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Posts Tagged ‘fights’

I was on the phone the other day, talking with a friend of mine. My husband was out on a bike ride, so I was on the phone while alone in the house with children.

(Can you see where this is going?!)

I’m at the stage where chatting on the phone with friends is as rare in my life as large diamonds, but my friend and I were chatting about a dear friend who had died last weekend. We were both overwhelmed with the news and, frankly, we were both a little teary.

Clearly, this was an important conversation.

Then, suddenly, all hell starts breaking loose upstairs, where my children have been sent to get ready for bed.

It is difficult in my house for my children to get ready for bed without proper supervision. There are all sorts of battles that can erupt – over who gets the toothpaste first; who stands where at the sink; who gets to use the toilet first, etc. and so on.

From the sound of it, there was a major war going on upstairs. And I am rather irritated because I am alone without the hubby to help and I want to be talking on the phone with my friend about my dear friend and all hell is breaking loose and from the sound of it, if I don’t go upstairs to stop the war, there may be casualties.

Then my son comes down, giggling hysterically. “Mom,” he says, ” they’re fighting about who farted the loudest!”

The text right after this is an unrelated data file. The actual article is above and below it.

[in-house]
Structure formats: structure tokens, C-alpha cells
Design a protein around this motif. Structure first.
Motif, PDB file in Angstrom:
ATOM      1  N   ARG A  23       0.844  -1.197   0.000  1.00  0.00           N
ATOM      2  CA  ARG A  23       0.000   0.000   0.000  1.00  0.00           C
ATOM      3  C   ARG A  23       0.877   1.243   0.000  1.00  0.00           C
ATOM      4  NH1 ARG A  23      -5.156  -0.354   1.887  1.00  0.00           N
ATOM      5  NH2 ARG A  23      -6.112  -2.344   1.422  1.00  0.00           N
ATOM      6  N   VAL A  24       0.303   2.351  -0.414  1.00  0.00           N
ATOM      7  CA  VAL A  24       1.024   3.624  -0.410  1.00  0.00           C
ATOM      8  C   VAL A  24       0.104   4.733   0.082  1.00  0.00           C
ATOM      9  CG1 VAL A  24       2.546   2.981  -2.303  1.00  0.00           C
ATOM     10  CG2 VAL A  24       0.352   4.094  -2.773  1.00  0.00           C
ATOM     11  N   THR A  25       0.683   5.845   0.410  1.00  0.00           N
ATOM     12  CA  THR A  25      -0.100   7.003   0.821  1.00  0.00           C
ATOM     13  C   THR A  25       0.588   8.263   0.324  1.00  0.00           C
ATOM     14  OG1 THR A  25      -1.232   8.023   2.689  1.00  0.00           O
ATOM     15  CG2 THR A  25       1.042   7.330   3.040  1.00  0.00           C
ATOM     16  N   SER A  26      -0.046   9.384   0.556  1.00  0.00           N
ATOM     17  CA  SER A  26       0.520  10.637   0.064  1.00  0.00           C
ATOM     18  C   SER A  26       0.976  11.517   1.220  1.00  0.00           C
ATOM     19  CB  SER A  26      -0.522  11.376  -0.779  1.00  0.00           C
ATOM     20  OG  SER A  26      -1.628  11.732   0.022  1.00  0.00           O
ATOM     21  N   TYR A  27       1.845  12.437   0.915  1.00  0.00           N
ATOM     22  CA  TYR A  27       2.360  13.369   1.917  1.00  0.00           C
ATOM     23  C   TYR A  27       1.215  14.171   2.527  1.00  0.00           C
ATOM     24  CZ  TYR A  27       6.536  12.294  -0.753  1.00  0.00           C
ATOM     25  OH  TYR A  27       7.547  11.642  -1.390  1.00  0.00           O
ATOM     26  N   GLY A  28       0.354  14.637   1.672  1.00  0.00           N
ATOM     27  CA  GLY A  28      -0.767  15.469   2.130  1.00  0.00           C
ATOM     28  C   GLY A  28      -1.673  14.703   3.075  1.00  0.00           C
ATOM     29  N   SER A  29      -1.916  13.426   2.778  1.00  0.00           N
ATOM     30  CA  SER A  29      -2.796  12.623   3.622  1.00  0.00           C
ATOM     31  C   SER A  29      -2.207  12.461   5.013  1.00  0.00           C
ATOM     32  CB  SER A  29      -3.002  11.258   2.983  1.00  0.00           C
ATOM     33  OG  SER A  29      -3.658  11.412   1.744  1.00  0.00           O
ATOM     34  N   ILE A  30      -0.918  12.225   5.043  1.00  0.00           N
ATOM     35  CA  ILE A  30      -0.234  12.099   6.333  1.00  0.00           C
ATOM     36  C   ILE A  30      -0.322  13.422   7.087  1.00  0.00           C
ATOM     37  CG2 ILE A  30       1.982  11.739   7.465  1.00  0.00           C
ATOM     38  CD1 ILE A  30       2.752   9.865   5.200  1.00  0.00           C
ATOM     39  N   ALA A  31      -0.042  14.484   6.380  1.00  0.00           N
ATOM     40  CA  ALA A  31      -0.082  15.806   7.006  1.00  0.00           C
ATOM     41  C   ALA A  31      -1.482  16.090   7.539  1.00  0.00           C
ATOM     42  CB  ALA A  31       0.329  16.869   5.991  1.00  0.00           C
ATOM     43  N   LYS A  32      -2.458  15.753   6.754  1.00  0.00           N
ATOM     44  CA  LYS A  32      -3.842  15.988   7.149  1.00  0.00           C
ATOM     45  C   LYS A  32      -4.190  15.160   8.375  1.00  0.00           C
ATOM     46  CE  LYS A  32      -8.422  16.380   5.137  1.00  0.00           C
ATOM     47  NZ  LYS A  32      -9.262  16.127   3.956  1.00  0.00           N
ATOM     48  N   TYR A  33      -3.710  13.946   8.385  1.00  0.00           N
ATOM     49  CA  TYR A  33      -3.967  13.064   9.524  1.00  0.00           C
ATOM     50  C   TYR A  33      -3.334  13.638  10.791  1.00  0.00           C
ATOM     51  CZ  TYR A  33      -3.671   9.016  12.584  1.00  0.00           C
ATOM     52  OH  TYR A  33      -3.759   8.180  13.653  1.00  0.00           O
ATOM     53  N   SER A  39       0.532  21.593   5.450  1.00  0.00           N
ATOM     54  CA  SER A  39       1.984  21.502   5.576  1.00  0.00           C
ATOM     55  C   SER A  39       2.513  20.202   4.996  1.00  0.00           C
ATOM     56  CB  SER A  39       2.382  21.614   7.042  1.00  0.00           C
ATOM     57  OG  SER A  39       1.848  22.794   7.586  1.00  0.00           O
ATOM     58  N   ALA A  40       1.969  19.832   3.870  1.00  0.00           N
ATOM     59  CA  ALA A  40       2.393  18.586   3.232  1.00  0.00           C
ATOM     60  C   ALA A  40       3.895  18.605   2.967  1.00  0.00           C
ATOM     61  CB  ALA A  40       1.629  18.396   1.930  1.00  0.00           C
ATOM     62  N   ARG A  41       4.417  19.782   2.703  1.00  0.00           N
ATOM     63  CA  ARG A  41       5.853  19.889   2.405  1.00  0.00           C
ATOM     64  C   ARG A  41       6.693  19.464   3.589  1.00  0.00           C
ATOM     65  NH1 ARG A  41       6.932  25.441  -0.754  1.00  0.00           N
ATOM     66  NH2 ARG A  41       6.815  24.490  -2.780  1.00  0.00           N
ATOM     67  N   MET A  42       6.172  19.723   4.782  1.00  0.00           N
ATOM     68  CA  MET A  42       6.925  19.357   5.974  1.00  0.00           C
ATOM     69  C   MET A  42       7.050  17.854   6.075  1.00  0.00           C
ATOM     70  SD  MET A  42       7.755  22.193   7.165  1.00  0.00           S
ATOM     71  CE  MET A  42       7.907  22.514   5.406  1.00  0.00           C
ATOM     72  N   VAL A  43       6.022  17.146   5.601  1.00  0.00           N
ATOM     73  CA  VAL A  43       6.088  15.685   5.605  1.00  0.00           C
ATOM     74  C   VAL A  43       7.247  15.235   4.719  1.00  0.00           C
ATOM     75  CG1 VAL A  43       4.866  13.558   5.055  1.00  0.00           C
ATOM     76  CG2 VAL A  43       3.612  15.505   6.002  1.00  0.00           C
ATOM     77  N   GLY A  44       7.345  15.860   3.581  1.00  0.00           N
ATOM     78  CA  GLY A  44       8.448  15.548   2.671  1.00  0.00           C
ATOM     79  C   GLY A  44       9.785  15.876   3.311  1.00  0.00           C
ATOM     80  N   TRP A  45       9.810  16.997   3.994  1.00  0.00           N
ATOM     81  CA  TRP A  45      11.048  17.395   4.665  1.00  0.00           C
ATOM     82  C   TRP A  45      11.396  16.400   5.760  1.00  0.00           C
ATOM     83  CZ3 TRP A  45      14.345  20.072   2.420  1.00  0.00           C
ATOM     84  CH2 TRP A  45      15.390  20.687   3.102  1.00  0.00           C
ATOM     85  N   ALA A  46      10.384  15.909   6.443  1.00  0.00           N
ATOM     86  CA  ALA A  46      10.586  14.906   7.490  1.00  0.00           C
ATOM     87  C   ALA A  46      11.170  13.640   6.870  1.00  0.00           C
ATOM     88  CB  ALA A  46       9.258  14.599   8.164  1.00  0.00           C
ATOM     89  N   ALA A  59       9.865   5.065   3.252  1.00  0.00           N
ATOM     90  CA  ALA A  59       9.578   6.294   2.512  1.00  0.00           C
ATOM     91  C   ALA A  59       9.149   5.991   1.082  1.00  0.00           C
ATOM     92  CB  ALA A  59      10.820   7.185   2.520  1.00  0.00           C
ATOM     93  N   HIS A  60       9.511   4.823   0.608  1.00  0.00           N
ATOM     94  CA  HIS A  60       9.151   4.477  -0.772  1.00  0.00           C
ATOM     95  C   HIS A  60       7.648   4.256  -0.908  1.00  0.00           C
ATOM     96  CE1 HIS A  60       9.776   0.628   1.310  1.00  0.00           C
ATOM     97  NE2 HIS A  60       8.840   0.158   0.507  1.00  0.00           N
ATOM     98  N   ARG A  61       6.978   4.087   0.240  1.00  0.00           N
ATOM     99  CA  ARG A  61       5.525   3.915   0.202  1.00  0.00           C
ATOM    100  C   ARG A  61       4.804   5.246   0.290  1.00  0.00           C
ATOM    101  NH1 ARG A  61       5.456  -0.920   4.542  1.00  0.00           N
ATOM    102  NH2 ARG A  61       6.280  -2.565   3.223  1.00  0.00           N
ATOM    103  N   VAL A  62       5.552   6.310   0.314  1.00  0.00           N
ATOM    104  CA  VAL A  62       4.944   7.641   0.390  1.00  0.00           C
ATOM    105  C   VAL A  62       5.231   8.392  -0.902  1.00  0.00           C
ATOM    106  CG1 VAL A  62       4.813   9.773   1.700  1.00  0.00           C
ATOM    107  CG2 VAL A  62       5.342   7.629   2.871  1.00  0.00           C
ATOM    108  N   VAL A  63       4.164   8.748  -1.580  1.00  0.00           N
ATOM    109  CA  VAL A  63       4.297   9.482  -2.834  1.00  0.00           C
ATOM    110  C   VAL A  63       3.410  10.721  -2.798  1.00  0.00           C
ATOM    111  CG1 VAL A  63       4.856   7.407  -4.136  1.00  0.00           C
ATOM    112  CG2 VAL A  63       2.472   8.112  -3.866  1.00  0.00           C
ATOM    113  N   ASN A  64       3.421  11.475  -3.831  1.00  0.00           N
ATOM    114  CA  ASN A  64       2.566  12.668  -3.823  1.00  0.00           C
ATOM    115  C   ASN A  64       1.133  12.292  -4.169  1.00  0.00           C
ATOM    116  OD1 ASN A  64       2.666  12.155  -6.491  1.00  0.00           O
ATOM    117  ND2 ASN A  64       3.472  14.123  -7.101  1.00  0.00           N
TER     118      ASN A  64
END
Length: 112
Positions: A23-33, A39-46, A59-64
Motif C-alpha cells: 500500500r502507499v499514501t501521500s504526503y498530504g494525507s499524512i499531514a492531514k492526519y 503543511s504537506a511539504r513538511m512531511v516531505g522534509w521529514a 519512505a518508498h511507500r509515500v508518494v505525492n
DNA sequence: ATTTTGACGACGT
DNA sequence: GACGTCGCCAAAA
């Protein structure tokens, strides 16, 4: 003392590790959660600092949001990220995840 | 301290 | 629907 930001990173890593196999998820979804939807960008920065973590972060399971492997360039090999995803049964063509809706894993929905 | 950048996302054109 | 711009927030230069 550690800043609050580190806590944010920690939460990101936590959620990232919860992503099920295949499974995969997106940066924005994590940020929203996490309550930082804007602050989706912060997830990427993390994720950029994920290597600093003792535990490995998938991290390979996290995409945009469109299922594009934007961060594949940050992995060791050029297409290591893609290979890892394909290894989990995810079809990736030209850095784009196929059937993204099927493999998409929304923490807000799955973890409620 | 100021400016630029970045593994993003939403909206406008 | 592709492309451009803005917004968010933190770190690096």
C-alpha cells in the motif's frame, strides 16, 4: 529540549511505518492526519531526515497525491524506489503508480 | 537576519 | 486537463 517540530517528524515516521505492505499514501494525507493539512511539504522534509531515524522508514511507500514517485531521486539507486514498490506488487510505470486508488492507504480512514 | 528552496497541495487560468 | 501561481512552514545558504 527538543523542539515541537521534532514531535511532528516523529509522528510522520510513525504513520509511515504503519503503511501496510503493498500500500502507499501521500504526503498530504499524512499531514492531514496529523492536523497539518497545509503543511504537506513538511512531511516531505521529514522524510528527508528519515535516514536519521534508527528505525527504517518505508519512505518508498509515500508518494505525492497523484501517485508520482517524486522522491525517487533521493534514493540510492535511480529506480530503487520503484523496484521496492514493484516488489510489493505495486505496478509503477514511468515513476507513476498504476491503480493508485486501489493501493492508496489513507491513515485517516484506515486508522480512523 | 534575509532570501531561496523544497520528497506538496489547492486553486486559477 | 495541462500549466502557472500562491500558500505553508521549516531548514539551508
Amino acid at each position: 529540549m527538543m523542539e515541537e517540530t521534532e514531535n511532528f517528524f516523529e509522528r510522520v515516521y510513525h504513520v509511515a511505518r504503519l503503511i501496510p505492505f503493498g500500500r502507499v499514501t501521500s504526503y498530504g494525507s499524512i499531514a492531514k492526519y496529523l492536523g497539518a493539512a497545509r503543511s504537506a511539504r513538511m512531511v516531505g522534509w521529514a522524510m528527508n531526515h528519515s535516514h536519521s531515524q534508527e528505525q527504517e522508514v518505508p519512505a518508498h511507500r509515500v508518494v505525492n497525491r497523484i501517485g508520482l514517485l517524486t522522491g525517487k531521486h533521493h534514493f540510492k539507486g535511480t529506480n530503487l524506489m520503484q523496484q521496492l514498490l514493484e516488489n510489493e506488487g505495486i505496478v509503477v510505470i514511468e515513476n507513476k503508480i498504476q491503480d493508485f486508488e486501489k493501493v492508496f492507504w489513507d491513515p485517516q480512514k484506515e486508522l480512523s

My two six-year-old girls, dainty flowers that they are, were at war over the sounds of their farts. Not sure if the louder fart was the winner or loser in that battle, but there you go. A new battlefield had been established. And there was a sound and fury to the war that had grown exponentially in just moments.

I decided to plunge into the fray. I explained the situation to my friend, who was astonished to have our conversation about grief interrupted by a story about farts. I went up into the battle zone with the phone so she could hear.

When I entered the bedroom, it was obvious the battle had shifted from farts to beds. One girl had pulled down the covers of the other girl’s bed. Both were screeching at the top of their lungs.

I held the phone up so my friend could hear it all. And she heard my girls screeching the exact same thing to me. “Stop looking at me!” “Stop LOOKING at me!”

And because they are identical twins, the tone and sound of the statement sounded exactly the same – as if one person was fighting with herself.

My friend and I couldn’t help it. We both burst out laughing. And we both knew that our dear friend who died last weekend would have laughed the loudest. In this moment of grief and loss, laughter rang out, and I was reminded once again that life is complex. Emotional. Contradictory. Life is war and anger and love and grief in one room. And life is laughter. Never forget the laughter.

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